The executive director of a group dedicated to protecting and restoring the San Joaquin River is praising the passage of its state bill aimed at bringing diverse grassroots representation to the San Joaquin River Conservancy.
“We are hopeful that the change in the makeup of the Conservancy board will facilitate new access to the San Joaquin River Parkway,” said Sharon Weaver, who leads the San Joaquin River Parkway and Conservation Trust.
The nonprofit group sponsored Assembly Bill 559, which was introduced by Assemblyman Joaquin Arambula (D-Fresno). After passing the Assembly on a 56-15 vote on Thursday, the bill heads to Gov. Gavin Newsom, who is virtually guaranteed to sign it.
Some Local Lawmakers Miss the Vote
Assemblyman Jim Patterson (R-Fresno) did not vote on the bill. Assemblyman Frank Bigelow (R-O’Neals) opposed the bill. The bill cleared the Senate on Wednesday 29-7 with Sen. Andreas Borgeas (R-Fresno) and Melissa Hurtado (D-Sanger) failing to vote.
Weaver also said that the bill “will provide real changes to the San Joaquin River Conservancy Board by increasing board diversity and making the chairmanship available to all Conservancy board members. It is incredibly important that the Conservancy board reflect the social and demographic diversity of the San Joaquin Valley.”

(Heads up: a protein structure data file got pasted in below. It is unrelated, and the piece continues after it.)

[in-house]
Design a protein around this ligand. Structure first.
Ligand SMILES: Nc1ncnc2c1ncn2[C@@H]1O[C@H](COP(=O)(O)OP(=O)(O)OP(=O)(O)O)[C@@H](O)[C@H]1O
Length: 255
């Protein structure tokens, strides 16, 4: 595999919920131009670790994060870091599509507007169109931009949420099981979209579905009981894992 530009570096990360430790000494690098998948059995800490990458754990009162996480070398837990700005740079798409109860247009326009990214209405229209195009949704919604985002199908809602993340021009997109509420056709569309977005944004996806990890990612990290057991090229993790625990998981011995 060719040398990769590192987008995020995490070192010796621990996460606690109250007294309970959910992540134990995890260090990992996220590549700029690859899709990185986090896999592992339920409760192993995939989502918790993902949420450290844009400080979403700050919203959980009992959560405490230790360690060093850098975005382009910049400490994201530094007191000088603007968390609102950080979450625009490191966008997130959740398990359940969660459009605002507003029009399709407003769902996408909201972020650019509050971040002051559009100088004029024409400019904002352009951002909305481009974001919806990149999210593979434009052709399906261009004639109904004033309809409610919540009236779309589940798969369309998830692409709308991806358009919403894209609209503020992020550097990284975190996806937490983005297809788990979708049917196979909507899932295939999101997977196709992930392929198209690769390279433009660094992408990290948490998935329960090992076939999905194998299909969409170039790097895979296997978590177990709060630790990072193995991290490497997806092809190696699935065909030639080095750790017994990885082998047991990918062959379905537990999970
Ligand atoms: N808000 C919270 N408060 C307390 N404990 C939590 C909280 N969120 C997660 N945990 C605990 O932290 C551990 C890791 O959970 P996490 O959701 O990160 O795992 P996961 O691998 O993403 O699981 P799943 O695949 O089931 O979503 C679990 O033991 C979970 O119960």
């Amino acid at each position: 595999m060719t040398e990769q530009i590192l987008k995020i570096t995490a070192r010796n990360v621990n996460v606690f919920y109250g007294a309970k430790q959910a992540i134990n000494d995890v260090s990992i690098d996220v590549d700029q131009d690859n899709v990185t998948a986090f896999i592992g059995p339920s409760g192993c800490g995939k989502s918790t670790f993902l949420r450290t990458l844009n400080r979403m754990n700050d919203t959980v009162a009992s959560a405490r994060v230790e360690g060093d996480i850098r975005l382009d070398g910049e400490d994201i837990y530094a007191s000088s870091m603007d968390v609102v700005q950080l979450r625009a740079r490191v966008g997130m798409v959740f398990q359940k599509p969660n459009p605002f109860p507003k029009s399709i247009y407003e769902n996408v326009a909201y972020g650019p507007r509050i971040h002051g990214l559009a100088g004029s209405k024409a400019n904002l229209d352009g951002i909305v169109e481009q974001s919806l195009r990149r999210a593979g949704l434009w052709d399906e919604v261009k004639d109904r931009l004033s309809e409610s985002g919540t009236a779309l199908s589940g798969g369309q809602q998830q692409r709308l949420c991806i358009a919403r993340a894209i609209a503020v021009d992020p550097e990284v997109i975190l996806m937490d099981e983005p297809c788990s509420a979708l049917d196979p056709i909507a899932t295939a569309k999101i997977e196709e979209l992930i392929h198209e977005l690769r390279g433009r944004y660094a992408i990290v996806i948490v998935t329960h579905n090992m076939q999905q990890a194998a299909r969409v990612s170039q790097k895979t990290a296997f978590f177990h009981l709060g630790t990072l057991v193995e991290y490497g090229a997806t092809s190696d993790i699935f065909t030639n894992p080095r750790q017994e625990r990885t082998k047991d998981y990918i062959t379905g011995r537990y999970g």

A Look at the Changes
This is how the changes shake out:
- The Conservancy now has 15 members from Fresno and Madera counties. AB 559 adds one seat and creates new openings.
- One seat will be reserved for a local Native American.
- One seat will be reserved for a resident 18 to 26 years old.
- One seat will rotate between the Fresno Metropolitan Flood Control District and the Madera Irrigation District. The districts previously each had a seat.
- The bill also requires that the board chair and vice-chair be open to all board members in the board’s annual election. Currently, the two leadership roles are rotated among elected officials from the city of Fresno, Fresno County, and Madera County.
“The pandemic made clear that having access to the outdoors provides immense benefits physically and mentally to families and individuals. But the crisis also showed that many of our disadvantaged communities don’t have equitable access to these vital green spaces,” Arambula said. “For decades, the San Joaquin River Conservancy board has been missing the voices from these communities. … I believe these changes will strengthen the Conservancy board as it continues to shape the parkway into a true gem.”
Pivotal Time for Parkway
Weaver added that the bill comes at a pivotal point for the long-stalled 22-mile parkway between Friant Dam and Highway 99. Of the parkway’s 5,900 acres, there is public access to about 1,000 acres.
This year’s state budget earmarks $15 million to the Conservancy to improve river access and other recreational opportunities.